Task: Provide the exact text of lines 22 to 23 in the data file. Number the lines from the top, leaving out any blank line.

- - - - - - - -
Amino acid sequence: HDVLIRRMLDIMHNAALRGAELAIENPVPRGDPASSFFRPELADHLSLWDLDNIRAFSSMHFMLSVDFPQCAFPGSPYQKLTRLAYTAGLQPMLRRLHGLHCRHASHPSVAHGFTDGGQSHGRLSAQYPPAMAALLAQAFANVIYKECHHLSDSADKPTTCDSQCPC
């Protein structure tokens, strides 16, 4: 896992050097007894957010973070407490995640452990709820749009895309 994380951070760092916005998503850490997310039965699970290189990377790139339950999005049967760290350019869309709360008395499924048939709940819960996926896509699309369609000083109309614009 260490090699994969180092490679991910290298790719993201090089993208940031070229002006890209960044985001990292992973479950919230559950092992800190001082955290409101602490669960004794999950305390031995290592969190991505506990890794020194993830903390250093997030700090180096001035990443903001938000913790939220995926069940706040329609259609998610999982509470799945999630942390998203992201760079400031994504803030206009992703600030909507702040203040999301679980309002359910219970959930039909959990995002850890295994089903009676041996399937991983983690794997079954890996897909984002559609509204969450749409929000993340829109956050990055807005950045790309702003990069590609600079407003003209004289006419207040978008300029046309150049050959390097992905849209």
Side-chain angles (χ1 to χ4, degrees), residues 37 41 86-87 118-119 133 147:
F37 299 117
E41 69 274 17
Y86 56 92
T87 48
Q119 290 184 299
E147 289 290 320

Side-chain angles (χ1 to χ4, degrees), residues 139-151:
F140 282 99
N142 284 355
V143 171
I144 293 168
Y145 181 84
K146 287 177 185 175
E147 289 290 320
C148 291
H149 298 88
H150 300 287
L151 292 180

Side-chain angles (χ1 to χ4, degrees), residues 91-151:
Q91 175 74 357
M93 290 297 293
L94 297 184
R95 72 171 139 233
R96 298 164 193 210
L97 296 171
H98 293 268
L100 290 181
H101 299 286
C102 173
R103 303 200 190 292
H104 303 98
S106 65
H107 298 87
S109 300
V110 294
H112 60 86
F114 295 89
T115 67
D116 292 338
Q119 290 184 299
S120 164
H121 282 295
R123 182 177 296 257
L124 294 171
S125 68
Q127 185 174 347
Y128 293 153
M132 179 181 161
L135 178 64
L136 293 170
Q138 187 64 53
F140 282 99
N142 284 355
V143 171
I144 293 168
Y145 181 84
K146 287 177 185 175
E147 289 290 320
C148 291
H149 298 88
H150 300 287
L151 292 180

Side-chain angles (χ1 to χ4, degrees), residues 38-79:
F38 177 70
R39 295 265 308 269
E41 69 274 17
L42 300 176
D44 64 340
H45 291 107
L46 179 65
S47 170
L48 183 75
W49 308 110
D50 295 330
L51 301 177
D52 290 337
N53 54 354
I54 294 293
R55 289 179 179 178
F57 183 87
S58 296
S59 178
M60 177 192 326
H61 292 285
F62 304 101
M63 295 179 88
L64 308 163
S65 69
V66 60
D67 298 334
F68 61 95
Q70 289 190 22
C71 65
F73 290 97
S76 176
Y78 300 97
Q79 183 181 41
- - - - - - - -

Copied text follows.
Side-chain angles (χ1 to χ4, degrees), residues 91-151:
Q91 175 74 357